Books on portraiture aren’t exactly thick on the ground and any new one is always welcome.
Capturing a likeness is one of the most difficult challenges for the artist. Quite apart from the technical matters of getting the image down, the shapes and proportions of the various elements of the body have to be just right, not only individually, but also in combination. Not only does the result have to look like a person, it also has to look like the person it’s meant to be. Everyone’s going to be your critic.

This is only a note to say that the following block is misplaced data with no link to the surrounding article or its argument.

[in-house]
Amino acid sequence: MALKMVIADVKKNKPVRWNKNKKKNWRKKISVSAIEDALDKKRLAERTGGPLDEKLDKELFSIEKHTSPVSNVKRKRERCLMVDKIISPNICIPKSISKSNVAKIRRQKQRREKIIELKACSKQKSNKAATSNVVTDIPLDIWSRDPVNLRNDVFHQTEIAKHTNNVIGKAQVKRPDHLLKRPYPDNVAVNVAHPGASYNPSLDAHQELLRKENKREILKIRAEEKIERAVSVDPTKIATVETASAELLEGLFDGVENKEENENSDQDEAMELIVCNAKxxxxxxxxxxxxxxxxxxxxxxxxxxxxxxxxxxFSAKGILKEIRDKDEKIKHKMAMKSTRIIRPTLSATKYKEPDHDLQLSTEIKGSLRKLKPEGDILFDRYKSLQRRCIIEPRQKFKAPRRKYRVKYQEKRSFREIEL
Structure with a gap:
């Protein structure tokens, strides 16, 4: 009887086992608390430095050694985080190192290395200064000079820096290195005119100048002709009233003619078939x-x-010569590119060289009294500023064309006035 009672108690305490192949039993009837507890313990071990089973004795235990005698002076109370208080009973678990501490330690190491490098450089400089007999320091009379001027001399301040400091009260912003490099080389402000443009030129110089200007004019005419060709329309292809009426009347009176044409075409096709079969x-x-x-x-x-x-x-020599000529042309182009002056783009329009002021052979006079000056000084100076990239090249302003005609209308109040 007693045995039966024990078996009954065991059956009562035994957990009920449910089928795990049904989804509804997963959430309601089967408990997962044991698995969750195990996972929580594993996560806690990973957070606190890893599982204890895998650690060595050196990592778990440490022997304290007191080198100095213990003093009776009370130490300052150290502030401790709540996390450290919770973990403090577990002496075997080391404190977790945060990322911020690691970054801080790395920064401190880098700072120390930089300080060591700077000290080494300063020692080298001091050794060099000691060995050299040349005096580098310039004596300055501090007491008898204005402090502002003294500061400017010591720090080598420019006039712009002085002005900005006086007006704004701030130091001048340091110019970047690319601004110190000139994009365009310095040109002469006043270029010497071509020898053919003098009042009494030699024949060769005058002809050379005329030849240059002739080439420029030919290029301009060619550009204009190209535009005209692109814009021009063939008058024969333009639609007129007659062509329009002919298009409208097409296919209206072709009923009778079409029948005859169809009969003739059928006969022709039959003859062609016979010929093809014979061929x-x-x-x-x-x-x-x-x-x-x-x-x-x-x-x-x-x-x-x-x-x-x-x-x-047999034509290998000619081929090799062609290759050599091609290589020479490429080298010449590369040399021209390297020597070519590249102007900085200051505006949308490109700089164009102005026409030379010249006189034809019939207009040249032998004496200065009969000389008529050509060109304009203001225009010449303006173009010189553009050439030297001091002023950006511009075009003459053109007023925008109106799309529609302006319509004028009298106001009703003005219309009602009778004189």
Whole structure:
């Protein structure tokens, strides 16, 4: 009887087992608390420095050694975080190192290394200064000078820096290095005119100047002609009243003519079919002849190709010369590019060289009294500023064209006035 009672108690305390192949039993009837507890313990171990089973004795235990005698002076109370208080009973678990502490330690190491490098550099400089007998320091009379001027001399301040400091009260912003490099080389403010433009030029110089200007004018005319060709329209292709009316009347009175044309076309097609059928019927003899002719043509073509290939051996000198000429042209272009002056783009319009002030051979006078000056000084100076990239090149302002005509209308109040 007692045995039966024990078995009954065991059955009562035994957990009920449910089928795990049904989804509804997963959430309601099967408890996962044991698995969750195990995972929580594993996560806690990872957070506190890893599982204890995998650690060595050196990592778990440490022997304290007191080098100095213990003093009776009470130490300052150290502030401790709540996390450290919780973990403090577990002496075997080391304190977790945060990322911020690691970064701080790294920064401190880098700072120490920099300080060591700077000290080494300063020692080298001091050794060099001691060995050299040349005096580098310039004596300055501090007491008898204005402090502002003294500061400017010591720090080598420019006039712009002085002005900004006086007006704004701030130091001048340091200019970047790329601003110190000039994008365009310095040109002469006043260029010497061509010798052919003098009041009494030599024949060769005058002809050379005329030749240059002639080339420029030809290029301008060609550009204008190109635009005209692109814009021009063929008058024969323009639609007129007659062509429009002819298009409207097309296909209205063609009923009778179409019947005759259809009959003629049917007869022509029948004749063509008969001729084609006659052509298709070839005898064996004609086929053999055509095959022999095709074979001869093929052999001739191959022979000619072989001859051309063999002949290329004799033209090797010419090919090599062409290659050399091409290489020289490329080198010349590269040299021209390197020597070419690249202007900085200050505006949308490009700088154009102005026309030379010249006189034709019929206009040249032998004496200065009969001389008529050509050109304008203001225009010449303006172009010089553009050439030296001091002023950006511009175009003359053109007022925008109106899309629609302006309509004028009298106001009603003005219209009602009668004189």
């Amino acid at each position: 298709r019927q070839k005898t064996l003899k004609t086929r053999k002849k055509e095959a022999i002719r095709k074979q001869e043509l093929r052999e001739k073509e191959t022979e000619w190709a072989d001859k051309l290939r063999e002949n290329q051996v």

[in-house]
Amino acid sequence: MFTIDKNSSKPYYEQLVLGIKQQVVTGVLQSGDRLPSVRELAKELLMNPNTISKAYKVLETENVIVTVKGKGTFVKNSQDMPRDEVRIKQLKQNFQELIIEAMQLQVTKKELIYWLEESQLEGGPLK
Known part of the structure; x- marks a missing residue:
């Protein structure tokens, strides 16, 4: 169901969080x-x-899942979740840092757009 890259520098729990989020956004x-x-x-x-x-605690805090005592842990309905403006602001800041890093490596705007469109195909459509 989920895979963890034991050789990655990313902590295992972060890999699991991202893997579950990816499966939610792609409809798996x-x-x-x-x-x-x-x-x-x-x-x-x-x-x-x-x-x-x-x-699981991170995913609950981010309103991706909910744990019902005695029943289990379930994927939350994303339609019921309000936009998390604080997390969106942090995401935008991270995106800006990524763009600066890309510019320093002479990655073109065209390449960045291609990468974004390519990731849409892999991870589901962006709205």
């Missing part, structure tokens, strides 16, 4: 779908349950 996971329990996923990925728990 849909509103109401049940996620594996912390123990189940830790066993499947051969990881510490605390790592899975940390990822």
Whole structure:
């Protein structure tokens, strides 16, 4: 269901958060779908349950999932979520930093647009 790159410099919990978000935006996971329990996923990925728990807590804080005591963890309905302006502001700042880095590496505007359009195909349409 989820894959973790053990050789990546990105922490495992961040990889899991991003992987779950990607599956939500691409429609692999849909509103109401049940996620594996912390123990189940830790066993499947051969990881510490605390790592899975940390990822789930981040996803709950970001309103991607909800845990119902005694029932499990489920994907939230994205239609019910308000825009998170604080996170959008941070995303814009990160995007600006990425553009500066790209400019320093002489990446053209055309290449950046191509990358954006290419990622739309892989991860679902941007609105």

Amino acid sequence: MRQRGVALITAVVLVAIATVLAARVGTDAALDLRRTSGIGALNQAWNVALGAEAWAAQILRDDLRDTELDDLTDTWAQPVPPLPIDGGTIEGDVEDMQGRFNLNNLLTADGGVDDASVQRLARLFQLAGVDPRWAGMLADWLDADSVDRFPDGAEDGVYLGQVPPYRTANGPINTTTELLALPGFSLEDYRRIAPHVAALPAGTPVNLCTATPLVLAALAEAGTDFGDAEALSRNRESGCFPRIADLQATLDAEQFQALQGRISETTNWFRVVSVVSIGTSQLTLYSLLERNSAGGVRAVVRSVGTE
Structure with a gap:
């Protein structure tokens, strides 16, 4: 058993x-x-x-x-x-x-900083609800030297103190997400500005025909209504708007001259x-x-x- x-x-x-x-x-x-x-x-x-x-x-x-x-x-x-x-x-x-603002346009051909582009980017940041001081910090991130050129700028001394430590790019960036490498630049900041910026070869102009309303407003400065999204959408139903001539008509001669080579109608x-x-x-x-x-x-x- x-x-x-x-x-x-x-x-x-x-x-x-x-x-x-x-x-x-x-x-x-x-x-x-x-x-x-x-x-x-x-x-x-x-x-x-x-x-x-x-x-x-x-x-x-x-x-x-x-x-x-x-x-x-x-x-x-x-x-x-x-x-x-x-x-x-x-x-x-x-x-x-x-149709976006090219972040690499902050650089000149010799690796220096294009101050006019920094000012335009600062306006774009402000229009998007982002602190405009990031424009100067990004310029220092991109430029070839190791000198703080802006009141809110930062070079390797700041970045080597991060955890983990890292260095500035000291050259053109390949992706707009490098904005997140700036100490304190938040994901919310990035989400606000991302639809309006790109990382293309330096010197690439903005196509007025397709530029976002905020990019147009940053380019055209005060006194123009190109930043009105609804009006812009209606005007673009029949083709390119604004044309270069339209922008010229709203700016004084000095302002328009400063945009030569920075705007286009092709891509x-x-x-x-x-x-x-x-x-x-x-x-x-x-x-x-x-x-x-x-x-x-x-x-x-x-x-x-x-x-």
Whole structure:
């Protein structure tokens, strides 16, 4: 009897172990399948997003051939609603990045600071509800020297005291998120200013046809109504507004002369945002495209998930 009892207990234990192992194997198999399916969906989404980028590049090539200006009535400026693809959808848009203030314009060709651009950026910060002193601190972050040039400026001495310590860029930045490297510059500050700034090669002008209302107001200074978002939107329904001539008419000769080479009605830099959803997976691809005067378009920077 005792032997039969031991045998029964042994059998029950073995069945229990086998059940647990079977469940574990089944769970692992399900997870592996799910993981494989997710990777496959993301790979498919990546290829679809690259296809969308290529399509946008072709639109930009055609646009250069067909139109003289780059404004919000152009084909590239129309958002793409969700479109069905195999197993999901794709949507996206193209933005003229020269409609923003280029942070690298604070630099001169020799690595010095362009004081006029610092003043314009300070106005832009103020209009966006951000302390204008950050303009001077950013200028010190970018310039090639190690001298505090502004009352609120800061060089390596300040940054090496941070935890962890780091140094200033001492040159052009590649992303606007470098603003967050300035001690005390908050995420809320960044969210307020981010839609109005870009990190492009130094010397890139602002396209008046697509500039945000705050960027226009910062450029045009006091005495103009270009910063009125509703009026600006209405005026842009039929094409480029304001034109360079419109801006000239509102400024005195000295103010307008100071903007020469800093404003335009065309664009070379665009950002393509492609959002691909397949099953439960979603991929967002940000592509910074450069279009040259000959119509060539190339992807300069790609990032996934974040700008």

In only 64 pages, all you’re really going to get is an introduction but, as that’s what this book sets out to be, I’d have to say that Renate nails it pretty well perfectly. She’ll tell you enough about anatomy to set you going but not so much that it starts to feel like a medical textbook. She also deals with proportion and with the shapes of eyes, ears, noses and hair. Finally, there are exercises in pencil, charcoal and coloured chalk that illustrated male and female faces as well as babies and children.
There’s a lot here and the book should keep you occupied for a long time and leave you confidently proficient.